Aristotle-to-Ricardo-to-Hayek turn the double play way better than Plato-to-Rousseau-to-Rawls
It seems if people start spending a lot of time on something, then all of a sudden it's an 'addiction.'
> It seems if people start spending a lot of time on something, then all of a sudden it's an 'addiction.''specially blogging :oP
P.S. Michael Crichton also touched on this whole concept in State of Fear, as did H.L. Mencken:"The whole aim of practical politics is to keep the populace alarmed (and hence clamorous to be led to safety) by menacing it with an endless series of hobgoblins, all of them imaginary."I long ago realized that Time is just an organ for doing that.And "Anthropogenic Global Warming" is the most imaginary of hobgoblins.
Also, I find #6 to be one of the better ones:Oh, Just Settle Down: Since Time's 1984 cover story, the world's population has increased from 4.75 billion to 6.78 billion people. This year, the World Bank's Poverty Analysis reported, "Living standards have risen dramatically over the last decades. The proportion of the developing world's population living in extreme economic poverty...has fallen from 52 percent in 1981 to 26 percent in 2005.... Infant mortality rates in low- and middle-income countries have fallen from 87 per 1,000 live births in 1980 to 54 in 2006. Life expectancy in [low and middle-income] countries has risen from 60 to 66 between 1980 and 2006." According to the peace advocacy group Ploughshares, the number of armed conflicts across the globe has generally been in decline since the mid-1990s (PDF). As for "authoritarianism," with the fall of the Soviet empire, a far greater percentage of the global population lived under such regimes in 1984 than do today. Even the massive population in China is freer (if not actually "free") than it was in 1984.My Summation: The world ain't perfect. But it's doing better than anyone gives it credit for. Especially LibtardsLOL -- word verif is "efight"... a new term for a flame war?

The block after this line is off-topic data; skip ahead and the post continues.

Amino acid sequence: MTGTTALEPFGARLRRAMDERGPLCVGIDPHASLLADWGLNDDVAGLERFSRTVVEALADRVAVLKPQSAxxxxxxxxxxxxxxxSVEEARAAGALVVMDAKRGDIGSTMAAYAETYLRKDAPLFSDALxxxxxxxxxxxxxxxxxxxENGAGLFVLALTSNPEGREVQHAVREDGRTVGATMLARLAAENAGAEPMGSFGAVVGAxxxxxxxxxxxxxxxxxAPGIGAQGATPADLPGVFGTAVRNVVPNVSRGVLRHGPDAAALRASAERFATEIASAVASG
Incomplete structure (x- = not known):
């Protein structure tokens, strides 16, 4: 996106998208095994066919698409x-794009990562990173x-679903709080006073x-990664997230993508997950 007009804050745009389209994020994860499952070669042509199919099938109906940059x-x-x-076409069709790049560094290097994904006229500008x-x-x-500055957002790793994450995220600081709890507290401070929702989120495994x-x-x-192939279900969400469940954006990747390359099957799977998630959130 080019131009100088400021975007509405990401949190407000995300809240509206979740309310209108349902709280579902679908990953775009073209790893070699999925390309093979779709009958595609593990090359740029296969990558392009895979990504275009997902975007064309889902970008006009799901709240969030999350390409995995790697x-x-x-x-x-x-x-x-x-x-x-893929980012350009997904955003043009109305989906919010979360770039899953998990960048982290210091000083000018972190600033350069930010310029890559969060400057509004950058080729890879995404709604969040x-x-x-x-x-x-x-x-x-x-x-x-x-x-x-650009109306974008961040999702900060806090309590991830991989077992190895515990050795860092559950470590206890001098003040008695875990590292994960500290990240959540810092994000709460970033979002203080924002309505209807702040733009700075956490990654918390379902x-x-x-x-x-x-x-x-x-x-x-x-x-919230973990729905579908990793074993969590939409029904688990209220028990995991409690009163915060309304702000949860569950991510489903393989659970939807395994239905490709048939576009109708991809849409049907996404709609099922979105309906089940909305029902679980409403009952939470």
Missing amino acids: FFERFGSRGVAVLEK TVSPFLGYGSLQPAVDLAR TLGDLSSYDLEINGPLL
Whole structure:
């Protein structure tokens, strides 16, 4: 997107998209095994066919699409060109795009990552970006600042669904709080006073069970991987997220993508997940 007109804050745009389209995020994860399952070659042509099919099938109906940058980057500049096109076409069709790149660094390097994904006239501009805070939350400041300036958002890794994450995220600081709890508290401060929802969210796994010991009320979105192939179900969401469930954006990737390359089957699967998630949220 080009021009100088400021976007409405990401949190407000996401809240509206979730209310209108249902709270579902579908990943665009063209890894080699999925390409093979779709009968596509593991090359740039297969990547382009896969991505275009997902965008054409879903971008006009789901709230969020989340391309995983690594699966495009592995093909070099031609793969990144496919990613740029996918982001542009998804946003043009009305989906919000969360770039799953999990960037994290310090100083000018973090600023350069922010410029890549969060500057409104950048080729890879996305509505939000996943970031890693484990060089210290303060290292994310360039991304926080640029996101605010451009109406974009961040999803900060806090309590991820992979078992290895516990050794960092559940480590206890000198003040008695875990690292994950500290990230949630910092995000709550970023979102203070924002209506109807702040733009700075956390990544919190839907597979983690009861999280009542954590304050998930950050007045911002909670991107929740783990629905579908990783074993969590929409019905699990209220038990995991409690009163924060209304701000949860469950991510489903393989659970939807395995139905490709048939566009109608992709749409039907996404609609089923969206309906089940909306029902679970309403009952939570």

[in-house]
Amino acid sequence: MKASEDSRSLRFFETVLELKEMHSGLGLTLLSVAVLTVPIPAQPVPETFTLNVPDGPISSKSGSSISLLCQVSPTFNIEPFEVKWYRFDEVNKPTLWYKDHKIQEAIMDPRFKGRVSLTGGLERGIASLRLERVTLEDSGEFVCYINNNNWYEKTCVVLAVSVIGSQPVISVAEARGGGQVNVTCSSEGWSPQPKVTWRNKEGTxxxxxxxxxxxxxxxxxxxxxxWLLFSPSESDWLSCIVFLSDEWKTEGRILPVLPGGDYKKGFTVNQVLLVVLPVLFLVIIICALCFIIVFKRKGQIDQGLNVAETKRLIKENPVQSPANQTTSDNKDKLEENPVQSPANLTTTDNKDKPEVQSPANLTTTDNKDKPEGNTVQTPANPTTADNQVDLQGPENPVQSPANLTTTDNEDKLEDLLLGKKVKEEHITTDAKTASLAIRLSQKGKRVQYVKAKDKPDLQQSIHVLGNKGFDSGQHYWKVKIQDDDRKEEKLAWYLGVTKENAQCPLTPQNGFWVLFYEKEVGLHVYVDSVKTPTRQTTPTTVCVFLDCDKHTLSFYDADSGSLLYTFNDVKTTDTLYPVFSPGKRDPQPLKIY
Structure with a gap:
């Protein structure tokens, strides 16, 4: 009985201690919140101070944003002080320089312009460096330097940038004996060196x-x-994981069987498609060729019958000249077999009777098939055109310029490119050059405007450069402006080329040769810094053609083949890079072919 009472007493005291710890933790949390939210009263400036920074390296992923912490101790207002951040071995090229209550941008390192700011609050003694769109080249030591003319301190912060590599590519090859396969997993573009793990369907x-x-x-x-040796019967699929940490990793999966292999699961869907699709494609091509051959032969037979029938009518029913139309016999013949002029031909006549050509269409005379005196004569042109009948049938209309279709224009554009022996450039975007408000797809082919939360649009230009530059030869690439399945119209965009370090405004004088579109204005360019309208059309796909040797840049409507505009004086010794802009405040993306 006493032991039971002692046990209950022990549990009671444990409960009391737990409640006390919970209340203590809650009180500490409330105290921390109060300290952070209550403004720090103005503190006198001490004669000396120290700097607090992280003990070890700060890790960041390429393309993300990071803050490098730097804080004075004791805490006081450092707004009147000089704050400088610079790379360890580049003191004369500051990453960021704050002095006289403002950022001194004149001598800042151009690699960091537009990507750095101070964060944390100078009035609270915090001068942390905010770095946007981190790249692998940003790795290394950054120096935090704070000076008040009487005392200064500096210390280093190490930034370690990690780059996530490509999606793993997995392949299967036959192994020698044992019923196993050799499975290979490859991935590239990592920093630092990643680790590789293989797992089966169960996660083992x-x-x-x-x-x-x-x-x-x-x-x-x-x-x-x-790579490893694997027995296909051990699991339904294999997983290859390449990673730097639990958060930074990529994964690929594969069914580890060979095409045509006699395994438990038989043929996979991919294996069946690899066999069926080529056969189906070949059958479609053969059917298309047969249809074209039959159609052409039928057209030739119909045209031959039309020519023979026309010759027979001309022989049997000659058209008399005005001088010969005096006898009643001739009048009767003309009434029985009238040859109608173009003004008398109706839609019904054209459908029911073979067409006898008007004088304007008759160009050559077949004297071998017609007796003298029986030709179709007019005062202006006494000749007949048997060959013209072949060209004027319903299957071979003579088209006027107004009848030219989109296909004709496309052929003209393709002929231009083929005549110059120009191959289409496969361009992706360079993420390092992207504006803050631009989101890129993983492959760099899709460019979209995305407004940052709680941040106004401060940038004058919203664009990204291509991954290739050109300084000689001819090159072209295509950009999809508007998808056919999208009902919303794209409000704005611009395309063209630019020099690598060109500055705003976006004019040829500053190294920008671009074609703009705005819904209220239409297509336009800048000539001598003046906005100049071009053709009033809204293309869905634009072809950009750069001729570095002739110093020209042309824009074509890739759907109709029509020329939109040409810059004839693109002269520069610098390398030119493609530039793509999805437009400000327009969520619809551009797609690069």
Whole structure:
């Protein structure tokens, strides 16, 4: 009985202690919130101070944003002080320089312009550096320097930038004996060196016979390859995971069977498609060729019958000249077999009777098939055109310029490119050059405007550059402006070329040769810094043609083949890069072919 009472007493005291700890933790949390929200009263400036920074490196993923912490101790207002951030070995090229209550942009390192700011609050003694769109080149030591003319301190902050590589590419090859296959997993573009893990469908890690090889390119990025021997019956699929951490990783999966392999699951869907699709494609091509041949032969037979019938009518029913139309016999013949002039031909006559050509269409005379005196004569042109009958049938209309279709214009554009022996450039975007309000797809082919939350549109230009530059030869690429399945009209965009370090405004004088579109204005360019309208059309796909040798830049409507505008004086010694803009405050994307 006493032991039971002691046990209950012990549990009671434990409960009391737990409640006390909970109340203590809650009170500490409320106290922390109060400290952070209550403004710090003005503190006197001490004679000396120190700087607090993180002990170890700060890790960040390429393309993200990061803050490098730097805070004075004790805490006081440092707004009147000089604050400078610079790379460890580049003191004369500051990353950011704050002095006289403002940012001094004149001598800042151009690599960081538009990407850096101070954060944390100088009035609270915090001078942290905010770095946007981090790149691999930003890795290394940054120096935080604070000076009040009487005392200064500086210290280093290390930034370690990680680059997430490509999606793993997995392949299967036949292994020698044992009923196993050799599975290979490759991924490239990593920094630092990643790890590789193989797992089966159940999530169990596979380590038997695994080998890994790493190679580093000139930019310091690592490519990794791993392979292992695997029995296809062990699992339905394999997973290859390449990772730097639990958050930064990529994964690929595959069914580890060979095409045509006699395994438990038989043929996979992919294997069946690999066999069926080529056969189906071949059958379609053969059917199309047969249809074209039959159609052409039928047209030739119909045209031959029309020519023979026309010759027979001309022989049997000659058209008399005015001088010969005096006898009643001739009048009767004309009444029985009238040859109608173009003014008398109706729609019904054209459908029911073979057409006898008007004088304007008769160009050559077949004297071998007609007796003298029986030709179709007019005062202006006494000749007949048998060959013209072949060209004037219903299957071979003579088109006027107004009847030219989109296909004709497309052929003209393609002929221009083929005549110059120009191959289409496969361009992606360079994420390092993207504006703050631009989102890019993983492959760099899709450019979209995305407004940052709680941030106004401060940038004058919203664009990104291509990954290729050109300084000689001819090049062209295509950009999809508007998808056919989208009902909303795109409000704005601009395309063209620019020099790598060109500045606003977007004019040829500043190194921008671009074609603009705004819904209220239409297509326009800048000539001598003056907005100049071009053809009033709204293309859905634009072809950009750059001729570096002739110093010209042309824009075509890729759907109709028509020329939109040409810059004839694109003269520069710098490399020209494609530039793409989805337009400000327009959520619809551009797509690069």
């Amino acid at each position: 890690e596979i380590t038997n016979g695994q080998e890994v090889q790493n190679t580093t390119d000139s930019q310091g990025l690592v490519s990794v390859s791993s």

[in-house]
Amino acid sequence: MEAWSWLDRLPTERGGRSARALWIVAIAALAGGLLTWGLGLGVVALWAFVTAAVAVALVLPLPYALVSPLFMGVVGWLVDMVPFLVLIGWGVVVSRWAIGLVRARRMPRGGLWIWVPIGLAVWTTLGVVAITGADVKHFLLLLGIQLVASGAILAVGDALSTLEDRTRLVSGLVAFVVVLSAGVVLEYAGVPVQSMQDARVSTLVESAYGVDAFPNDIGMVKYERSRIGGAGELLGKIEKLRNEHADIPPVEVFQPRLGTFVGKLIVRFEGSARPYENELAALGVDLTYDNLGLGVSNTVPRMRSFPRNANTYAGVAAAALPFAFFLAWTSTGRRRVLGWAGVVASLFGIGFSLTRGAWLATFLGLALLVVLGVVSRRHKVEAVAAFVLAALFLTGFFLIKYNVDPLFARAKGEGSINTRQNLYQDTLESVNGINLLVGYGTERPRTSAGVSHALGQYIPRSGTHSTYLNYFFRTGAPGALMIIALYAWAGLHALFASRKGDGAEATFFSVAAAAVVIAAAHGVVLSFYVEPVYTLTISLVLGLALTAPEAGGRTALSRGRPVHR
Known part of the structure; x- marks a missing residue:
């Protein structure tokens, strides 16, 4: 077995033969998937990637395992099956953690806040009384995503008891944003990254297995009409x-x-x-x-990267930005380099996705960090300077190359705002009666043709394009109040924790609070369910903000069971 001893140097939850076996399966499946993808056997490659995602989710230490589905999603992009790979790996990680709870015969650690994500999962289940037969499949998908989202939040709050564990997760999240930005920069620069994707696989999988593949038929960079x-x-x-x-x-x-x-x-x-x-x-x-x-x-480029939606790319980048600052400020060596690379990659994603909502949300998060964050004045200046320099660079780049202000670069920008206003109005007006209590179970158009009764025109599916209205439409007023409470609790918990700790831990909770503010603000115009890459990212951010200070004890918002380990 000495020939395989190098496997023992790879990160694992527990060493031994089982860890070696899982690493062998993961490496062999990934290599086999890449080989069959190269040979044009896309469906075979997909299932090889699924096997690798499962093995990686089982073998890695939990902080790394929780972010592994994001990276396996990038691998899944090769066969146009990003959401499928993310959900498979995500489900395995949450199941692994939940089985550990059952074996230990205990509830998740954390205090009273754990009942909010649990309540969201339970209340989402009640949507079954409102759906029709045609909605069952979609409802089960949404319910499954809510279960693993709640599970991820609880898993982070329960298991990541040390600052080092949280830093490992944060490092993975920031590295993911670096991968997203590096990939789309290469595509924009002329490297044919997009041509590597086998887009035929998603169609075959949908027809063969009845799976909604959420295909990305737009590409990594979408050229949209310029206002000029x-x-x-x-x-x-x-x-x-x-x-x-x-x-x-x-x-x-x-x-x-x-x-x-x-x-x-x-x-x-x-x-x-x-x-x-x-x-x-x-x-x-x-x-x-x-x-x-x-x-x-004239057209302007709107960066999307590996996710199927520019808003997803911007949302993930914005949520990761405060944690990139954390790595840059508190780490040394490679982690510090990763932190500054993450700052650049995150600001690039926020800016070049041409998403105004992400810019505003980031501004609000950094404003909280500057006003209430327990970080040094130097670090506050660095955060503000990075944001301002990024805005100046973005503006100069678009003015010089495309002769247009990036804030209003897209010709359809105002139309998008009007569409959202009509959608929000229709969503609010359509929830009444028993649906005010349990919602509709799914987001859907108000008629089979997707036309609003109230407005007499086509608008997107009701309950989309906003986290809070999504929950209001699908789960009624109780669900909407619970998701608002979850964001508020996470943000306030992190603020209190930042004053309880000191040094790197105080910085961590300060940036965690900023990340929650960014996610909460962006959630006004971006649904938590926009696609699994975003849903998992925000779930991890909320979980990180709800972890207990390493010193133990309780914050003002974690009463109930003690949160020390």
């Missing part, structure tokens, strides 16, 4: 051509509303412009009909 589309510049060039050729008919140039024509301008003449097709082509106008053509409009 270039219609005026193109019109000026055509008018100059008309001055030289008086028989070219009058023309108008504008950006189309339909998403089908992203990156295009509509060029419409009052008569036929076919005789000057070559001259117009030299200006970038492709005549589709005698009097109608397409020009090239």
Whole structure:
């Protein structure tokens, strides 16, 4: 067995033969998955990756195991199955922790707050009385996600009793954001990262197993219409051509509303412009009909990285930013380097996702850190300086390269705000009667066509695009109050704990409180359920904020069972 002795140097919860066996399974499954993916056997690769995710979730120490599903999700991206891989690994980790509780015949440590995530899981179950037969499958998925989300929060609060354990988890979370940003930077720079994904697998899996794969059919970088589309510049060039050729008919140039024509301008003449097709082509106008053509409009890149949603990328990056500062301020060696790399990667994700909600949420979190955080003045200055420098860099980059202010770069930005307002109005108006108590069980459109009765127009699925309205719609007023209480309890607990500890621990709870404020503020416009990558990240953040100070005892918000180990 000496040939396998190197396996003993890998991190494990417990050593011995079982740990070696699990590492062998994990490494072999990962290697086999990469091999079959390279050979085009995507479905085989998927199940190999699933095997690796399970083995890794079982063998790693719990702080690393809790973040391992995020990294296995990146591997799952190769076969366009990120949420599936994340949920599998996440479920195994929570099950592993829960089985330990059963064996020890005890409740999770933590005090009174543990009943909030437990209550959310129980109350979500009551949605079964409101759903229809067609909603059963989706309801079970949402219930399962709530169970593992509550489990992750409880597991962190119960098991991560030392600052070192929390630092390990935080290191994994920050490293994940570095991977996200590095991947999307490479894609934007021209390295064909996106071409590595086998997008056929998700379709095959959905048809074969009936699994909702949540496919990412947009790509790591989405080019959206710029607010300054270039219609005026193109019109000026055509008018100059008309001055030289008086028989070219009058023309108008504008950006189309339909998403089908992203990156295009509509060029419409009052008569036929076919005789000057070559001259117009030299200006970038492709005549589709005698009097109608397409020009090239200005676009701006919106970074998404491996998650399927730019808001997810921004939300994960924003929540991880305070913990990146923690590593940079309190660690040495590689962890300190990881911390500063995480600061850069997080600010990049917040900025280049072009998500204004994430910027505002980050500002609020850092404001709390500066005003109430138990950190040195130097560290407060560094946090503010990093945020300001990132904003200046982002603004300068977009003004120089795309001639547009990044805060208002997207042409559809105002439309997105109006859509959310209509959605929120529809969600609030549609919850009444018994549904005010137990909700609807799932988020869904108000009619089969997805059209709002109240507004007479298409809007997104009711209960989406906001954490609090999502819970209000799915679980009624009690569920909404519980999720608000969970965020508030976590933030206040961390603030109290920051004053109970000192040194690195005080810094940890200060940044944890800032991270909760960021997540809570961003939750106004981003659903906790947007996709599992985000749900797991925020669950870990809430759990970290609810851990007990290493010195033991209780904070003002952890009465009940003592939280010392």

#7: Nobel Laureate economist Milton Friedman even theorized in the Wall Street Journal that it's actually the prohibition of cocaine that gave us drugs like crack, likening the intoxicant to the bathtub gin that soaked the black market during alcohol prohibition.Indeed. In the college town I lived in in 1985, the local police shut down most of the available marijuana sources, to the point where I actually saw T-shirts saying "I survived the great xxx pot famine, summer, 1985".Friends who smoked a lot more than I did didn't stop smoking pot, they switched to coke, which was still readily available.Addictive people are going to get their stuff, no matter what the establishment does. The only technique which reliably works in cutting back the usage of addictive substances is peer pressure. Make it allowed/legal but socially unacceptable. Smoking is the obvious example, though I suspect we're going to get a backlash on that as the Boomers behind it die off, and Gen-Xers, many of whom smoke, come fully into power.
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